2010-07-01

    ... 40 Protection of Environment 30 2010-07-01 2010-07-01 false Modified reaction products of alkyl... Modified reaction products of alkyl alcohol, halogenated alkane, substituted epoxide, and amino compound... identified generically as modified reaction products of alkyl alcohol, halogenated alkane,...

  1. 40 CFR 721.10145 - Modified reaction products of alkyl alcohol, halogenated alkane, substituted epoxide, and amino...

    Code of Federal Regulations, 2011 CFR

    2011-07-01

    ... 40 Protection of Environment 31 2011-07-01 2011-07-01 false Modified reaction products of alkyl... Modified reaction products of alkyl alcohol, halogenated alkane, substituted epoxide, and amino compound... identified generically as modified reaction products of alkyl alcohol, halogenated alkane,...

  2. 40 CFR 721.10145 - Modified reaction products of alkyl alcohol, halogenated alkane, substituted epoxide, and amino...

    Code of Federal Regulations, 2013 CFR

    2013-07-01

    ... 40 Protection of Environment 32 2013-07-01 2013-07-01 false Modified reaction products of alkyl... Modified reaction products of alkyl alcohol, halogenated alkane, substituted epoxide, and amino compound... identified generically as modified reaction products of alkyl alcohol, halogenated alkane,...

  3. 40 CFR 721.10145 - Modified reaction products of alkyl alcohol, halogenated alkane, substituted epoxide, and amino...

    Code of Federal Regulations, 2012 CFR

    2012-07-01

    ... 40 Protection of Environment 32 2012-07-01 2012-07-01 false Modified reaction products of alkyl... Modified reaction products of alkyl alcohol, halogenated alkane, substituted epoxide, and amino compound... identified generically as modified reaction products of alkyl alcohol, halogenated alkane,...

  4. 40 CFR 721.10145 - Modified reaction products of alkyl alcohol, halogenated alkane, substituted epoxide, and amino...

    Code of Federal Regulations, 2014 CFR

    2014-07-01

    ... 40 Protection of Environment 31 2014-07-01 2014-07-01 false Modified reaction products of alkyl... Modified reaction products of alkyl alcohol, halogenated alkane, substituted epoxide, and amino compound... identified generically as modified reaction products of alkyl alcohol, halogenated alkane,...

  5. 21 CFR 328.50 - Principal display panel of all OTC drug products intended for oral ingestion that contain alcohol.

    Code of Federal Regulations, 2011 CFR

    2011-04-01

    ... 21 Food and Drugs 5 2011-04-01 2011-04-01 false Principal display panel of all OTC drug products... OTC drug products intended for oral ingestion that contain alcohol. (a) The amount (percentage) of... contain no alcohol (0 percent). (f) For any OTC drug product intended for oral ingestion containing over...

  6. 21 CFR 328.50 - Principal display panel of all OTC drug products intended for oral ingestion that contain alcohol.

    Code of Federal Regulations, 2010 CFR

    2010-04-01

    ... 21 Food and Drugs 5 2010-04-01 2010-04-01 false Principal display panel of all OTC drug products... OTC drug products intended for oral ingestion that contain alcohol. (a) The amount (percentage) of... contain no alcohol (0 percent). (f) For any OTC drug product intended for oral ingestion containing over...

  7. Green Zia Application Sandia National Laboratories' Neutron Generator Production Facility

    SciTech Connect

    SAAD, MAX P.; RICHARDSON, ANASTASIA DAWN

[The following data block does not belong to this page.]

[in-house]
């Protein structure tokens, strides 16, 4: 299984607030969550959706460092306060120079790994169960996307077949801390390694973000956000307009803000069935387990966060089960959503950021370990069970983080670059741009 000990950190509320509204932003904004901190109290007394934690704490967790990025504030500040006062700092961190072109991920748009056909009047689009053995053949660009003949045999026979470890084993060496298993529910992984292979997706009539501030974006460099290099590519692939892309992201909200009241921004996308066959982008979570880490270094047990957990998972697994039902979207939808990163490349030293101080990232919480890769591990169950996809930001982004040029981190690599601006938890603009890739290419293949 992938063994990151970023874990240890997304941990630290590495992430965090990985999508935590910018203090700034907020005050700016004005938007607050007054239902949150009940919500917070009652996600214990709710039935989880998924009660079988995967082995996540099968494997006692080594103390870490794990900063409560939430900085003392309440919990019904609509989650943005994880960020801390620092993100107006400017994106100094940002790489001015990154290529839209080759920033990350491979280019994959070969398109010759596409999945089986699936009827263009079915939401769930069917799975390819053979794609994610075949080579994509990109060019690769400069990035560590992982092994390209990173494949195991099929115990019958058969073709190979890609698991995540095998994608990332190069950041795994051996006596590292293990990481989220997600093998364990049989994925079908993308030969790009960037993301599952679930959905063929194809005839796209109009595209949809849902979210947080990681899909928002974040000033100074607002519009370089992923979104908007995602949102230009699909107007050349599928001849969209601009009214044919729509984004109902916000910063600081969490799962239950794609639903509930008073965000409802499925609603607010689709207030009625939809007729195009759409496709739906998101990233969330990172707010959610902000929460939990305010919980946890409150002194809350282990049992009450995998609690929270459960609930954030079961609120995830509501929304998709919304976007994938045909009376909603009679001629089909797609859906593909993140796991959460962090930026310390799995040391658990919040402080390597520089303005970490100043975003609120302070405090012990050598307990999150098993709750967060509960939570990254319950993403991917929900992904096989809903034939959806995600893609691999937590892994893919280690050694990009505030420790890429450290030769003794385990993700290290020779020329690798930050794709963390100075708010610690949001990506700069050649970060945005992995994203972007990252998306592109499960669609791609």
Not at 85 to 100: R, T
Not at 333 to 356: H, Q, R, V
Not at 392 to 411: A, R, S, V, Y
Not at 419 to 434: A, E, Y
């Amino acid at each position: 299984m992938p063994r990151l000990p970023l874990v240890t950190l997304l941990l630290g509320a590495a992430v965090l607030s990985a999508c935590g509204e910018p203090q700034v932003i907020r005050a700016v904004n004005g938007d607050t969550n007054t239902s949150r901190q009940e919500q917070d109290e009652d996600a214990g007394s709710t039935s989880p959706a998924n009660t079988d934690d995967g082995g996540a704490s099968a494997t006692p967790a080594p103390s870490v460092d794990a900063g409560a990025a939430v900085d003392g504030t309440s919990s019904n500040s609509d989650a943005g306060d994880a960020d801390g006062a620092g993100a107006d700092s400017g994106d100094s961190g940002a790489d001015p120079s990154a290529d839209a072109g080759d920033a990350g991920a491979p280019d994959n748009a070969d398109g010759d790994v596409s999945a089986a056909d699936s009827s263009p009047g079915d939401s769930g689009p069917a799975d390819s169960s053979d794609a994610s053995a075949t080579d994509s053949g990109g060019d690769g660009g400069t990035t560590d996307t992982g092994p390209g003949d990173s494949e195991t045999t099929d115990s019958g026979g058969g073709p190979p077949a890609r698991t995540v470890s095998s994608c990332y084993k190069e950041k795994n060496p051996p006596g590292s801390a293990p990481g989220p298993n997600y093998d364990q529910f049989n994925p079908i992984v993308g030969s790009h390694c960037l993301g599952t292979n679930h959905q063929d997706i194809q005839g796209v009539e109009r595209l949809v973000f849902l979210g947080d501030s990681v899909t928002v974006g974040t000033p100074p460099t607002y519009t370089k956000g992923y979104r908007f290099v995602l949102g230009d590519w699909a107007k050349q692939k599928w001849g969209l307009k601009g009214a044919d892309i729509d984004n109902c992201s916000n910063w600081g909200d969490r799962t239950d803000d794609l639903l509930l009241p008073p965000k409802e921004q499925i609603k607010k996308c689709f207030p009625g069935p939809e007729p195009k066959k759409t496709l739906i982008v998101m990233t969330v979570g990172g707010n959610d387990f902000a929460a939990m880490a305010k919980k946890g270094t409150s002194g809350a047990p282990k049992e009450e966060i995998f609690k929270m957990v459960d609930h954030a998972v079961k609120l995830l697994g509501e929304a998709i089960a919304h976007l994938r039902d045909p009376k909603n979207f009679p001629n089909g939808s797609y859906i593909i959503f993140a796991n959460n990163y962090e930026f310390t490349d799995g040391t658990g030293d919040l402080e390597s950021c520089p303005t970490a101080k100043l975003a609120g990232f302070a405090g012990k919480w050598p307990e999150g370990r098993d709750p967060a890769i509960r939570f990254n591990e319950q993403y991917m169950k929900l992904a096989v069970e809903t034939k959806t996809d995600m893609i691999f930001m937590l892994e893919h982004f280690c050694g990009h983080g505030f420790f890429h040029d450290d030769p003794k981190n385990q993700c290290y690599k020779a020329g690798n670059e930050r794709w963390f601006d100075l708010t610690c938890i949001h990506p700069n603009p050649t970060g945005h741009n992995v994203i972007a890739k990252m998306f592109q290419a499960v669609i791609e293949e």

2003-03-01

    The Green Zia Environmental Excellence Program is a voluntary program designed to support and assist all New Mexico businesses to achieve environmental excellence through continuous improvement and effective energy management. The program encourages integration of environmental excellence into business operations and management practices through the establishment of a prevention-based environmental management system. The Neutron Generator Production Facility has participated in the Green Zia Environmental Excellence Program for two years. This document is the submittal application for inclusion in the 2003 Green Zia program year.

  8. 18 CFR 292.204 - Criteria for qualifying small power production facilities.

    Code of Federal Regulations, 2013 CFR

    2013-04-01

    ... FEDERAL ENERGY REGULATORY COMMISSION, DEPARTMENT OF ENERGY REGULATIONS UNDER THE PUBLIC UTILITY REGULATORY... production capacity of any other small power production facilities that use the same energy resource, are... production facilities within one mile of such facilities. (b) Fuel use. (1)(i) The primary energy source...

  9. Evaluation of medical isotope production with the accelerator production of tritium (APT) facility

    SciTech Connect

    Benjamin, R.W.; Frey, G.D.; McLean, D.C., Jr; Spicer, K.M.; Davis, S.E.; Baron, S.; Frysinger, J.R.; Blanpied, G.; Adcock, D.

    1997-07-10

    The accelerator production of tritium (APT) facility, with its high beam current and high beam energy, would be an ideal supplier of radioisotopes for medical research, imaging, and therapy. By-product radioisotopes will be produced in the APT window and target cooling systems and in the tungsten target through spallation, neutron, and proton interactions. High intensity proton fluxes are potentially available at three different energies for the production of proton- rich radioisotopes. Isotope production targets can be inserted into the blanket for production of neutron-rich isotopes. Currently, the major production sources of radioisotopes are either aging or abroad, or both. The use of radionuclides in nuclear medicine is growing and changing, both in terms of the number of nuclear medicine procedures being performed and in the rapidly expanding range of procedures and radioisotopes used. A large and varied demand is forecast, and the APT would be an ideal facility to satisfy that demand.